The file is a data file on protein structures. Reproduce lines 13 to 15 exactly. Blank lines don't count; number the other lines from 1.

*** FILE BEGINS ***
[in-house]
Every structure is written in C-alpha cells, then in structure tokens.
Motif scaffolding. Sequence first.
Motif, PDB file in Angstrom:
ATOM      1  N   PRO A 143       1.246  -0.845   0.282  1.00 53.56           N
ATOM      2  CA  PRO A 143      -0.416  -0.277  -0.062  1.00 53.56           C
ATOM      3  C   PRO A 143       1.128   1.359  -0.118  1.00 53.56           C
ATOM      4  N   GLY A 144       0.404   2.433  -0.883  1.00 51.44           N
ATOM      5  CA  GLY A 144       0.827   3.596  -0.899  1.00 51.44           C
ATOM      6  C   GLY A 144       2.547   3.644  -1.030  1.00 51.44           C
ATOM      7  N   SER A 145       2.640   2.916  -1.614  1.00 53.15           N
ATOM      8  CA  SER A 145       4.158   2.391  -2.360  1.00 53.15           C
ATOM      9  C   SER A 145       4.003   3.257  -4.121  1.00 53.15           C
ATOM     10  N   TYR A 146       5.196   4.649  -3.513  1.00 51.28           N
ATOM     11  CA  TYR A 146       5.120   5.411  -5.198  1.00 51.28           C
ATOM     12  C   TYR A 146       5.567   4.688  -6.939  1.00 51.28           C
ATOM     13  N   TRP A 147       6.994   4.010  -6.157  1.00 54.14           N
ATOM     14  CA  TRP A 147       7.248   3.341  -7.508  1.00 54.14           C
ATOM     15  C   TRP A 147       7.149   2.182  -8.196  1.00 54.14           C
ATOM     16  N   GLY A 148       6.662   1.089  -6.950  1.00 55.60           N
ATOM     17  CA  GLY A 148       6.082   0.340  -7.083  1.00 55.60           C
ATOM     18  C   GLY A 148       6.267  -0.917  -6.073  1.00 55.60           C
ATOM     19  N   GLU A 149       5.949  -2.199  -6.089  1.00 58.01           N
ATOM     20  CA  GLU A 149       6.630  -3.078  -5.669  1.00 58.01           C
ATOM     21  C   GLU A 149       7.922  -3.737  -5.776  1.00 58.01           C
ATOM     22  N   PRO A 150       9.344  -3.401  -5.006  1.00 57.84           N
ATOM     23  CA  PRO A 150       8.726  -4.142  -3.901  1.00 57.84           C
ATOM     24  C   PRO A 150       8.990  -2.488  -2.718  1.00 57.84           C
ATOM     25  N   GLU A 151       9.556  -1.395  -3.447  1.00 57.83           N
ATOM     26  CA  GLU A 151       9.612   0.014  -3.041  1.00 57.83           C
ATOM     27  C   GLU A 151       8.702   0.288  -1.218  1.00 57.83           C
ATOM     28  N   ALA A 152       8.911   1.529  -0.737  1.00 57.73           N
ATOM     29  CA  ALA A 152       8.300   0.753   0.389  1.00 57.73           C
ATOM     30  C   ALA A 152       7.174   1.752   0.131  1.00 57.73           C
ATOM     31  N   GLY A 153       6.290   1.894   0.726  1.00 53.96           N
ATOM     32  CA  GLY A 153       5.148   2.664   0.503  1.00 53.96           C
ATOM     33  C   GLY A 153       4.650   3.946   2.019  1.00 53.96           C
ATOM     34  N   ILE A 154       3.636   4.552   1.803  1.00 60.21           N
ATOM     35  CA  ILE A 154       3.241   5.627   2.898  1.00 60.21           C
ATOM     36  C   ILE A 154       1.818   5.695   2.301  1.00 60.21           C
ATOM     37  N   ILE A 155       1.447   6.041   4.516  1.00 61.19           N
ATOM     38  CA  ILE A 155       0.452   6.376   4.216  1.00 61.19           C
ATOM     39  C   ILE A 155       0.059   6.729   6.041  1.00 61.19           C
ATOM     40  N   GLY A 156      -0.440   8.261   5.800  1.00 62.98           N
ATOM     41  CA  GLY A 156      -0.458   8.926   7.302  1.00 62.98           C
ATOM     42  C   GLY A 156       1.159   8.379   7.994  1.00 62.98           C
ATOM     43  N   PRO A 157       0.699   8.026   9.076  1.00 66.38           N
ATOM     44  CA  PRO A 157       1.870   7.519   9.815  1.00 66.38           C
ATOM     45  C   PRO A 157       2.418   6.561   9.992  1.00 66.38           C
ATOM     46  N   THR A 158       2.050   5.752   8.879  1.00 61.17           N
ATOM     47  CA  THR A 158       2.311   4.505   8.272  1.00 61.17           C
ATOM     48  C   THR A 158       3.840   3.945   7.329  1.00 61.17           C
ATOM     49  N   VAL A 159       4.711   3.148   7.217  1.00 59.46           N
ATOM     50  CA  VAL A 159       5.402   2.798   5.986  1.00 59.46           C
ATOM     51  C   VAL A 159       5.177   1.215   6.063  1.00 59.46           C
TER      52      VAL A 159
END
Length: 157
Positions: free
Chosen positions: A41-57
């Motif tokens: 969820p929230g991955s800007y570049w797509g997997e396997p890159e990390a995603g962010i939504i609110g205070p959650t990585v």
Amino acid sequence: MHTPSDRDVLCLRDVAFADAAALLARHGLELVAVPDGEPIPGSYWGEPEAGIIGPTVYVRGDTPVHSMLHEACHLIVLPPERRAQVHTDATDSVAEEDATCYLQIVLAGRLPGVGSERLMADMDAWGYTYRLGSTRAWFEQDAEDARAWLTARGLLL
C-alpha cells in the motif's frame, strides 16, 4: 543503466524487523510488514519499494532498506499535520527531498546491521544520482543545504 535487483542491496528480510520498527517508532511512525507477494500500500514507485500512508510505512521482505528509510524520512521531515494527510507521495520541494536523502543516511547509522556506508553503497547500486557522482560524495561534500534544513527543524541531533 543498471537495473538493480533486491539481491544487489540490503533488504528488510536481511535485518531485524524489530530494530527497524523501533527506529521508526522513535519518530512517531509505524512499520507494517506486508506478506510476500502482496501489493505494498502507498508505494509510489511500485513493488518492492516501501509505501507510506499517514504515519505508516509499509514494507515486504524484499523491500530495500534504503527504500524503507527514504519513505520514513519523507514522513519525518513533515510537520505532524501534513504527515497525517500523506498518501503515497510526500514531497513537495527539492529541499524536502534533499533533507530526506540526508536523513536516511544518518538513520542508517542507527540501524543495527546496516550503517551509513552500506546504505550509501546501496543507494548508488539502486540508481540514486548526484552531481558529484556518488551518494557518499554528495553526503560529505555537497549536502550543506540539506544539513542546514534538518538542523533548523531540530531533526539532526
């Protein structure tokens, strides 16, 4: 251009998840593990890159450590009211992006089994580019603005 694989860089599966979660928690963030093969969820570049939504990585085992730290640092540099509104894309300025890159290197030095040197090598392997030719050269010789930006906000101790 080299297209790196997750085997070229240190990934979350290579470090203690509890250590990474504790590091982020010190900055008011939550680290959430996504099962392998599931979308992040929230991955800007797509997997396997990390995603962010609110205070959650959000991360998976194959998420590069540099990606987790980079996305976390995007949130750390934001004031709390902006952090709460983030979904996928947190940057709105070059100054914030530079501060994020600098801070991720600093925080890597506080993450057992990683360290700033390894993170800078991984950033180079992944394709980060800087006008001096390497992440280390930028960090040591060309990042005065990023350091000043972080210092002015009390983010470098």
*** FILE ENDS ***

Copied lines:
ATOM      9  C   SER A 145       4.003   3.257  -4.121  1.00 53.15           C
ATOM     10  N   TYR A 146       5.196   4.649  -3.513  1.00 51.28           N
ATOM     11  CA  TYR A 146       5.120   5.411  -5.198  1.00 51.28           C